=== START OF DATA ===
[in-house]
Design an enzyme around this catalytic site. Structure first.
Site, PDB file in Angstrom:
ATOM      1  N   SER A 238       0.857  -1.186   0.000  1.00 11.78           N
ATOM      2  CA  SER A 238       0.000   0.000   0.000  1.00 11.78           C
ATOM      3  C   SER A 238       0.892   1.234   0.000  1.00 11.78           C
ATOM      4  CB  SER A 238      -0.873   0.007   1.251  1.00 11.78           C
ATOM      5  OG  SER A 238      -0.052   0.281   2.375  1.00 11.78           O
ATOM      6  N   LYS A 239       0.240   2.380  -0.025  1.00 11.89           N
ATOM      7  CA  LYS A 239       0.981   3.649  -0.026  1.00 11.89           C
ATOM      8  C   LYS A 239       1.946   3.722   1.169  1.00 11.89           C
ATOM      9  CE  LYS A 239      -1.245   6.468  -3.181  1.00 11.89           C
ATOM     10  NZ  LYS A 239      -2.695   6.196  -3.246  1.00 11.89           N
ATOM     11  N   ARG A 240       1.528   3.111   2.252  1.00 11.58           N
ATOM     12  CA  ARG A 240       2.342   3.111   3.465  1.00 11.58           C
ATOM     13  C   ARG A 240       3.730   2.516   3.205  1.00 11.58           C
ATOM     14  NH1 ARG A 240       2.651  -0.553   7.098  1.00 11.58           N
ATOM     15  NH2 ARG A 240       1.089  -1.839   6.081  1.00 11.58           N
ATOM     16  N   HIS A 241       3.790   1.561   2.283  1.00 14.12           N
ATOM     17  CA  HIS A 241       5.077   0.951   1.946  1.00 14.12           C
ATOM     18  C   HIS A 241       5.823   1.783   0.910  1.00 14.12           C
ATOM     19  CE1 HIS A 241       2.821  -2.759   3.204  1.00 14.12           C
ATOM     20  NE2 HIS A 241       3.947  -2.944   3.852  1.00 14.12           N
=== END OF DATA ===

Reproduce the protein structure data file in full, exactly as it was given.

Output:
[in-house]
Design an enzyme around this catalytic site. Structure first.
Site, PDB file in Angstrom:
ATOM      1  N   SER A 238       0.857  -1.186   0.000  1.00 11.78           N
ATOM      2  CA  SER A 238       0.000   0.000   0.000  1.00 11.78           C
ATOM      3  C   SER A 238       0.892   1.234   0.000  1.00 11.78           C
ATOM      4  CB  SER A 238      -0.873   0.007   1.251  1.00 11.78           C
ATOM      5  OG  SER A 238      -0.052   0.281   2.375  1.00 11.78           O
ATOM      6  N   LYS A 239       0.240   2.380  -0.025  1.00 11.89           N
ATOM      7  CA  LYS A 239       0.981   3.649  -0.026  1.00 11.89           C
ATOM      8  C   LYS A 239       1.946   3.722   1.169  1.00 11.89           C
ATOM      9  CE  LYS A 239      -1.245   6.468  -3.181  1.00 11.89           C
ATOM     10  NZ  LYS A 239      -2.695   6.196  -3.246  1.00 11.89           N
ATOM     11  N   ARG A 240       1.528   3.111   2.252  1.00 11.58           N
ATOM     12  CA  ARG A 240       2.342   3.111   3.465  1.00 11.58           C
ATOM     13  C   ARG A 240       3.730   2.516   3.205  1.00 11.58           C
ATOM     14  NH1 ARG A 240       2.651  -0.553   7.098  1.00 11.58           N
ATOM     15  NH2 ARG A 240       1.089  -1.839   6.081  1.00 11.58           N
ATOM     16  N   HIS A 241       3.790   1.561   2.283  1.00 14.12           N
ATOM     17  CA  HIS A 241       5.077   0.951   1.946  1.00 14.12           C
ATOM     18  C   HIS A 241       5.823   1.783   0.910  1.00 14.12           C
ATOM     19  CE1 HIS A 241       2.821  -2.759   3.204  1.00 14.12           C
ATOM     20  NE2 HIS A 241       3.947  -2.944   3.852  1.00 14.12           N